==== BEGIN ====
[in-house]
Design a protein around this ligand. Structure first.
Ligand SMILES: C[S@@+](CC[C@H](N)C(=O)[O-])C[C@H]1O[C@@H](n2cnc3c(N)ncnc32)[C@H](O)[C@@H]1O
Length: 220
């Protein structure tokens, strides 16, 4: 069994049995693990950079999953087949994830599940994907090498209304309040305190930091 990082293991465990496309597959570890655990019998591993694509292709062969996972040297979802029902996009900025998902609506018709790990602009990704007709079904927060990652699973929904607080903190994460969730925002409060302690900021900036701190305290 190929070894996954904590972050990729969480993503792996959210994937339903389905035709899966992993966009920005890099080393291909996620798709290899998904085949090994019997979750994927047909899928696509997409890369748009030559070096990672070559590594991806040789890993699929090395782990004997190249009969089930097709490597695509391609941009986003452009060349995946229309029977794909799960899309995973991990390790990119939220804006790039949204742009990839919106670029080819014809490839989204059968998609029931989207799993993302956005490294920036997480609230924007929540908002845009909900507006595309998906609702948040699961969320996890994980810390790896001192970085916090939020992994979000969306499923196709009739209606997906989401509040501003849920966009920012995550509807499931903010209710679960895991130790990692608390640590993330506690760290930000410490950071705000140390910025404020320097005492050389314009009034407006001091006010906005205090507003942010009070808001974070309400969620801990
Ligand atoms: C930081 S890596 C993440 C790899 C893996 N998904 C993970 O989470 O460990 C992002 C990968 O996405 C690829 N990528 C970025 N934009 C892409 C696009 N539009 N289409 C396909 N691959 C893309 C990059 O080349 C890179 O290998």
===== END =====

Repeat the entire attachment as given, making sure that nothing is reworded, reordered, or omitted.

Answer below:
[in-house]
Design a protein around this ligand. Structure first.
Ligand SMILES: C[S@@+](CC[C@H](N)C(=O)[O-])C[C@H]1O[C@@H](n2cnc3c(N)ncnc32)[C@H](O)[C@@H]1O
Length: 220
């Protein structure tokens, strides 16, 4: 069994049995693990950079999953087949994830599940994907090498209304309040305190930091 990082293991465990496309597959570890655990019998591993694509292709062969996972040297979802029902996009900025998902609506018709790990602009990704007709079904927060990652699973929904607080903190994460969730925002409060302690900021900036701190305290 190929070894996954904590972050990729969480993503792996959210994937339903389905035709899966992993966009920005890099080393291909996620798709290899998904085949090994019997979750994927047909899928696509997409890369748009030559070096990672070559590594991806040789890993699929090395782990004997190249009969089930097709490597695509391609941009986003452009060349995946229309029977794909799960899309995973991990390790990119939220804006790039949204742009990839919106670029080819014809490839989204059968998609029931989207799993993302956005490294920036997480609230924007929540908002845009909900507006595309998906609702948040699961969320996890994980810390790896001192970085916090939020992994979000969306499923196709009739209606997906989401509040501003849920966009920012995550509807499931903010209710679960895991130790990692608390640590993330506690760290930000410490950071705000140390910025404020320097005492050389314009009034407006001091006010906005205090507003942010009070808001974070309400969620801990
Ligand atoms: C930081 S890596 C993440 C790899 C893996 N998904 C993970 O989470 O460990 C992002 C990968 O996405 C690829 N990528 C970025 N934009 C892409 C696009 N539009 N289409 C396909 N691959 C893309 C990059 O080349 C890179 O290998």